That’s a lot of file space requirements for just one picture. It’s possible to compress this data into a smaller space. Consider a big thick book filled with words. If you could agree on a shorthand method to replace some of the printed stuff i.e. repetitious words – spaces – punctuation marks – white spaces etc., you could maybe concentrate the size of the book. Enter JPEG (Joint Photo Experts Group). They wrote software that looks at the data contained inside the picture and they invented a code for repetitious data like expanses of blue sky and mundane vastness of sameness. The software consists of math algorithms that cast out data. With this algorithm about 90% of the data can be discarded before the image looses high quality. This method is called lossy as data is actually discarded. Using JPEG notation the files are likely shaved back to between 1.3 ~ 2.5 MB.

For those who can’t stomach lossy compression, you can save in RAW. This is a propriety algorithm that does little in the way of compression. The file size is likely 10 ~ 18 MB. The data is so complete you can use impressive editing software routines to correct for under – over exposure – white balance and a whole host of adjustment and modifications you never even dreamed of.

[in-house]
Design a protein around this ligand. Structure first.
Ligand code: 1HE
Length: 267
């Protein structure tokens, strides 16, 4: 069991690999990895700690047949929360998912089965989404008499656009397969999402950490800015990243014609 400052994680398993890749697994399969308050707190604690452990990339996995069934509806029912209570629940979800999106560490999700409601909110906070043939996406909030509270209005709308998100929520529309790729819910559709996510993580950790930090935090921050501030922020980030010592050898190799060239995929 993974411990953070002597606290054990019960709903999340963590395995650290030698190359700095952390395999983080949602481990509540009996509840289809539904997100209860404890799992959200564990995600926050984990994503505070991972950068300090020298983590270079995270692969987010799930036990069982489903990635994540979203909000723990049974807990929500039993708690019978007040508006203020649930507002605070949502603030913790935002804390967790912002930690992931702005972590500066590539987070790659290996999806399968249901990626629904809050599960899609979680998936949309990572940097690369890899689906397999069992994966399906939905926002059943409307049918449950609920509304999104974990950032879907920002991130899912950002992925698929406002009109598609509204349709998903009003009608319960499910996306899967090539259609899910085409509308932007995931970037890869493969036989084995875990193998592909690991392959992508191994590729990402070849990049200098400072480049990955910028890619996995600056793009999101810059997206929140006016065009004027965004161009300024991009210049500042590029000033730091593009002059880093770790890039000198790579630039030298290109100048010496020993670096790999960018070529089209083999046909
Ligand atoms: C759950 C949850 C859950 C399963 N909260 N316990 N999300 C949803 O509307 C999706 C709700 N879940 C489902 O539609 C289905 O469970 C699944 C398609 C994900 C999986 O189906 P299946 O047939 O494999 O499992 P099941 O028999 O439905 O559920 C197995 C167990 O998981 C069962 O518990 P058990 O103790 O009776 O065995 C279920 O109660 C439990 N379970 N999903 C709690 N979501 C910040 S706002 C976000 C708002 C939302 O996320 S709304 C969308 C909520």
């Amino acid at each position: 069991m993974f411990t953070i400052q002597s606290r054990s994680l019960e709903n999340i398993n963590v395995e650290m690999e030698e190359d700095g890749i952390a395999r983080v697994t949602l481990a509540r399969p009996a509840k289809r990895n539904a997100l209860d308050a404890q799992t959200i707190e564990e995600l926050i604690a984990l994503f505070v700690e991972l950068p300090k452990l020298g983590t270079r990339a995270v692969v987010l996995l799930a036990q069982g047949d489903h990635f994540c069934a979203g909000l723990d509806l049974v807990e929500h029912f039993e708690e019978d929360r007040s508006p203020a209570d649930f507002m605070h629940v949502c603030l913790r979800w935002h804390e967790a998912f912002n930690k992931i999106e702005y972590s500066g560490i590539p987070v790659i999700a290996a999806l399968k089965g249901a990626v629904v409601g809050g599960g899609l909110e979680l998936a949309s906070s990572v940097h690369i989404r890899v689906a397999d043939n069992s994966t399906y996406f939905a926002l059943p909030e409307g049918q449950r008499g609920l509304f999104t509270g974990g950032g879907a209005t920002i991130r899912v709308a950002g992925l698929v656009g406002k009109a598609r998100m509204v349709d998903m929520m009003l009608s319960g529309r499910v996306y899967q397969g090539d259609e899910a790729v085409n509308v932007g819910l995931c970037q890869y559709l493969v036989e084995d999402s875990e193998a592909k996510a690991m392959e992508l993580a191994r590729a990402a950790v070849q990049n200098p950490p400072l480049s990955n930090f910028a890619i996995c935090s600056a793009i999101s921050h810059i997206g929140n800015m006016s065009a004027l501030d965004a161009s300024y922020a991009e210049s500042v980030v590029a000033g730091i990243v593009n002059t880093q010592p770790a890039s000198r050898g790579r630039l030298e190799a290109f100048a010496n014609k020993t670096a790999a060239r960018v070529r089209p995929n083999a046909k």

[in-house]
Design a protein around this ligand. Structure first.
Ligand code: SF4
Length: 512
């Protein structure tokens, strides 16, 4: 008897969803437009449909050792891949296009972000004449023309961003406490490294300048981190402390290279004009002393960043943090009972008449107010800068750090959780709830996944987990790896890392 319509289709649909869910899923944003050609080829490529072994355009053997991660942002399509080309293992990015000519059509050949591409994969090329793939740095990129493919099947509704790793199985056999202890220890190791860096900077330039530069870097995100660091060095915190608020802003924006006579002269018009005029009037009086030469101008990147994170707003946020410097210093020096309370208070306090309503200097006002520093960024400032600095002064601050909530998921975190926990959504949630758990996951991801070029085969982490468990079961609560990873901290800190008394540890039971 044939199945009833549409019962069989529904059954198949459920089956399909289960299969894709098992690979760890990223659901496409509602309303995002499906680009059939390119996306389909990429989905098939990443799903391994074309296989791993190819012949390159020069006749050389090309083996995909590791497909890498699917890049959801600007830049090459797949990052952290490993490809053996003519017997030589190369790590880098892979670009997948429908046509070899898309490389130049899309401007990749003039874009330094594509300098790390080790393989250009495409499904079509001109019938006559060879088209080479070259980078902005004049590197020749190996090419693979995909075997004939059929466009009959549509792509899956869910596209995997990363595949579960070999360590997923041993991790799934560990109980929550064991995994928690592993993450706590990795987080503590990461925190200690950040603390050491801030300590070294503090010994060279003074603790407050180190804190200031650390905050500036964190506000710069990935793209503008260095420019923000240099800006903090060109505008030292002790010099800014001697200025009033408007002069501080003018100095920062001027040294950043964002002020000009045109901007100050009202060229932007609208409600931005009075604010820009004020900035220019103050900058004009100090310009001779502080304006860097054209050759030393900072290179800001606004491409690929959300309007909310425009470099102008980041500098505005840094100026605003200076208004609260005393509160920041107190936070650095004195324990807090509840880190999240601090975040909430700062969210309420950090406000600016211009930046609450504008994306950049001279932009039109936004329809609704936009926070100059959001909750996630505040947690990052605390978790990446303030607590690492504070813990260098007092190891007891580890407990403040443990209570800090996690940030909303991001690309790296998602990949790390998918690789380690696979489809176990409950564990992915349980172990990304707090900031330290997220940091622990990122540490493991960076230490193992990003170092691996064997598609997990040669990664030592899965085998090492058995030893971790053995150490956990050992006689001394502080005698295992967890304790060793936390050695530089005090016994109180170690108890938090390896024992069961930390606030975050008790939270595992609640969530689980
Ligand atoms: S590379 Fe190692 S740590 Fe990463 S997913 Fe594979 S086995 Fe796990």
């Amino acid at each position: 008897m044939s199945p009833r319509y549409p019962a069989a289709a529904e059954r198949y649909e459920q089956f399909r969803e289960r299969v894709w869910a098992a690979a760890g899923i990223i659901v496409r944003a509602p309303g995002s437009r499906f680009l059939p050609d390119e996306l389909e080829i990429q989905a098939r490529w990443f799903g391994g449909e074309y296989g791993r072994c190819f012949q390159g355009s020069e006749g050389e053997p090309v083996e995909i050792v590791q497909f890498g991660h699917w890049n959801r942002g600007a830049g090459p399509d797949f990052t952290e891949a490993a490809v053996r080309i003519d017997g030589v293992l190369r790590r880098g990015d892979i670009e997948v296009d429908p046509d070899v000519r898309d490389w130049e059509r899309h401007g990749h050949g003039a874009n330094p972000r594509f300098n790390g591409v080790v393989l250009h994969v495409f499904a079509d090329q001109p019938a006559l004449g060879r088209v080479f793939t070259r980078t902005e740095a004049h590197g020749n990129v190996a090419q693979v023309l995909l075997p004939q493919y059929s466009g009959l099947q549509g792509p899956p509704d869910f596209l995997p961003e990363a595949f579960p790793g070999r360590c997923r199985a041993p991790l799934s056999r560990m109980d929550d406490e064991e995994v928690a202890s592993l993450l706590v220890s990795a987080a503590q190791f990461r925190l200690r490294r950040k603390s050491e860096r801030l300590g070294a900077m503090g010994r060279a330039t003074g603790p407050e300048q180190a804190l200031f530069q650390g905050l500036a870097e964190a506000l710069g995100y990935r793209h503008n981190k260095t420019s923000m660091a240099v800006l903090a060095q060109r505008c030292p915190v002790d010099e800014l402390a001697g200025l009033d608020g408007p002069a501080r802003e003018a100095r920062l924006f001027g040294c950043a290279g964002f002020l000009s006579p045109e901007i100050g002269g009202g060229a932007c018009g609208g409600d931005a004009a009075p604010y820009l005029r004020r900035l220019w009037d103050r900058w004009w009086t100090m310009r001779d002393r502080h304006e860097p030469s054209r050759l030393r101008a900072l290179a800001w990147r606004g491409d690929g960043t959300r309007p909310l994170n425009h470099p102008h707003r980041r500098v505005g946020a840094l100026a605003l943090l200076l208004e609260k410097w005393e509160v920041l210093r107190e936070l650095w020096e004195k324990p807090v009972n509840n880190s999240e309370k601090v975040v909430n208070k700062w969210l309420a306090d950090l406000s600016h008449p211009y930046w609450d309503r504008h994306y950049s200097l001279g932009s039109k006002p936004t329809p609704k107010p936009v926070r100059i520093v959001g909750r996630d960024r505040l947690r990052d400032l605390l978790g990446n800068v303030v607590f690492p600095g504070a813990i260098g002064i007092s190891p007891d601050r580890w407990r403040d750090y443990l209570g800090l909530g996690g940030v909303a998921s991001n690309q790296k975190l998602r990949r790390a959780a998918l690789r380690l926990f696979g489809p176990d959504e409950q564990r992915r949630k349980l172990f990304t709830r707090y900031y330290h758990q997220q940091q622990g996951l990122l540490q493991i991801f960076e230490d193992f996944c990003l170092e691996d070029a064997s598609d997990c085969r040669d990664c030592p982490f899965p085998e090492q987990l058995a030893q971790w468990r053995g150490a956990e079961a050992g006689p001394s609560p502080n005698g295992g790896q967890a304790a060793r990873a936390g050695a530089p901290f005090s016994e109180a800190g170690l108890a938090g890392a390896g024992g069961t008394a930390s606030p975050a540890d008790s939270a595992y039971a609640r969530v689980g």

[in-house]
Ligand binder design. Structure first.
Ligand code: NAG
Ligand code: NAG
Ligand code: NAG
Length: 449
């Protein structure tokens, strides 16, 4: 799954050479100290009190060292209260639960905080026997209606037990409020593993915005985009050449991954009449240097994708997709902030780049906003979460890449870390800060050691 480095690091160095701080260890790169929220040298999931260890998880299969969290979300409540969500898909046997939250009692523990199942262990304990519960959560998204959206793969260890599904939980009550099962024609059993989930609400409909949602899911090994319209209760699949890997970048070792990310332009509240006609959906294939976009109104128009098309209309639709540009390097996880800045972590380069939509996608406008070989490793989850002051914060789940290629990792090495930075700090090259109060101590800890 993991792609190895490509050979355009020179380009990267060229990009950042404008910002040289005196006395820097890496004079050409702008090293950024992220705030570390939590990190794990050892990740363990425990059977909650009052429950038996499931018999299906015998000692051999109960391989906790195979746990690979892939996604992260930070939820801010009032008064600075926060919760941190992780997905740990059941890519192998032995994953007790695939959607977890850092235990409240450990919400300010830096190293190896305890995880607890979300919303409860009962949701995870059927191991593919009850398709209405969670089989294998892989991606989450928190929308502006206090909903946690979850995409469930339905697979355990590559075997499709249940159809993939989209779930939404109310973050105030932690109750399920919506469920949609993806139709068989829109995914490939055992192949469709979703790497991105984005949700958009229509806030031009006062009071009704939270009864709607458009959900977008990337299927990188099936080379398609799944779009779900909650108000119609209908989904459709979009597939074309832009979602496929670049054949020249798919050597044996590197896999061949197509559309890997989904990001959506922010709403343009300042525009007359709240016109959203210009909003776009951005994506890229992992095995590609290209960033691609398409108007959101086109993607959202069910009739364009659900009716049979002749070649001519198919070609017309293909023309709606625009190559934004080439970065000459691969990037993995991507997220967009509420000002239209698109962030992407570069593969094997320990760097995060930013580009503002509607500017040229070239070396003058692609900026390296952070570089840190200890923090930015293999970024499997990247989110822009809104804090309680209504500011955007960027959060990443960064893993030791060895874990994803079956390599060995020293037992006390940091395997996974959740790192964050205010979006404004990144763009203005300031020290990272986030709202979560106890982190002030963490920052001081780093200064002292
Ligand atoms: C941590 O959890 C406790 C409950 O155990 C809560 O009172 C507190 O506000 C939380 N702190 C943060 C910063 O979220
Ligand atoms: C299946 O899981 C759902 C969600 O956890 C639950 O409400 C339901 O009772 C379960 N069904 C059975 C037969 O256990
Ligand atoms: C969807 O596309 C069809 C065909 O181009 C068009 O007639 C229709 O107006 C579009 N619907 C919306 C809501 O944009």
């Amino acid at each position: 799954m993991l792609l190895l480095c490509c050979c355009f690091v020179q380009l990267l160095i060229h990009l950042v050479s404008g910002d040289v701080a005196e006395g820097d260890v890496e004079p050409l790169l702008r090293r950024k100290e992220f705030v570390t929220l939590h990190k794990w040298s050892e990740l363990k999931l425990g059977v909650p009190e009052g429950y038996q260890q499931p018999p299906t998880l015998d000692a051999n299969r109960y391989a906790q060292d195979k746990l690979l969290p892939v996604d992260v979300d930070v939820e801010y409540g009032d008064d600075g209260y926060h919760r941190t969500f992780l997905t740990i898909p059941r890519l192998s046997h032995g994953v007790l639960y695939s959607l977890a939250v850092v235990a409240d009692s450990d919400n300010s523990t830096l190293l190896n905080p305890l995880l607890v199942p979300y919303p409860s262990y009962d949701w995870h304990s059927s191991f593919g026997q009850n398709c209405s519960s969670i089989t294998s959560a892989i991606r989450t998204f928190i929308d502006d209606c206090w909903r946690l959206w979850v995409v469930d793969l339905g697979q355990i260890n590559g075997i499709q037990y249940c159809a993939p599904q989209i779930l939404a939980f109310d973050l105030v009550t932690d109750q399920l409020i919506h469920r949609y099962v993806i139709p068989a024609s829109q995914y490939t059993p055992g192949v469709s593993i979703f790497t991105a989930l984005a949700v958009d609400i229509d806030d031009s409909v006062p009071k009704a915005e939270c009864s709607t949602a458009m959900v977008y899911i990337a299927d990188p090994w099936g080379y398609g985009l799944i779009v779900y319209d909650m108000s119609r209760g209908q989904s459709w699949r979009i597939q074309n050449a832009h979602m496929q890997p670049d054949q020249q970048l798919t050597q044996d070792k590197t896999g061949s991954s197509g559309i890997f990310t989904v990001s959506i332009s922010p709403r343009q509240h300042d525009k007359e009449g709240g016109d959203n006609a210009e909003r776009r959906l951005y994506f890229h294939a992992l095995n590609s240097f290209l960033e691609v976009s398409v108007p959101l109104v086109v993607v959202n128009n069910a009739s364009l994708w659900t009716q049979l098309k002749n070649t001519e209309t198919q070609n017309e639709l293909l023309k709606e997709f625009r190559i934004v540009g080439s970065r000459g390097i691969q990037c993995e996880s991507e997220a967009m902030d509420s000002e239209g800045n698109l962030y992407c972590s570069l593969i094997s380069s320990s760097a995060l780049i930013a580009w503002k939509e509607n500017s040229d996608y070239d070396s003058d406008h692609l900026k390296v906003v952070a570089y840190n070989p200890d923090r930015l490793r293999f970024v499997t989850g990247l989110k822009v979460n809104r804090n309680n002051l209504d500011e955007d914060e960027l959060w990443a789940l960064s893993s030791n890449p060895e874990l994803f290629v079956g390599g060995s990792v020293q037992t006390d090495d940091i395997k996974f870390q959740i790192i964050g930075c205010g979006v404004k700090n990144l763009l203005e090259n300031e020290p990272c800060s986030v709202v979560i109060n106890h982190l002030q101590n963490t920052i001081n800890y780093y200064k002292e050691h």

I hope this helps connect the dots i.e. chip pixel sights to file size.

Alan Marcus (marginal technical gobbledygook)
ammarcus@earthlink.net


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8/15/2008 2:22:26 PM

 
Ruth Deremo   Thanks Alan
Answers my question . Thanks. I am now just starting to play around with raw images. I don't print a lot of my photos but do have a 15" digital photo frame which I use mainly for display purposes. Unfotunately need JPEG for them. Have shot some pics in RAW/Lfine for that purpose and am getting used to the RAW editing. Thanks again Ruth


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8/16/2008 4:02:34 AM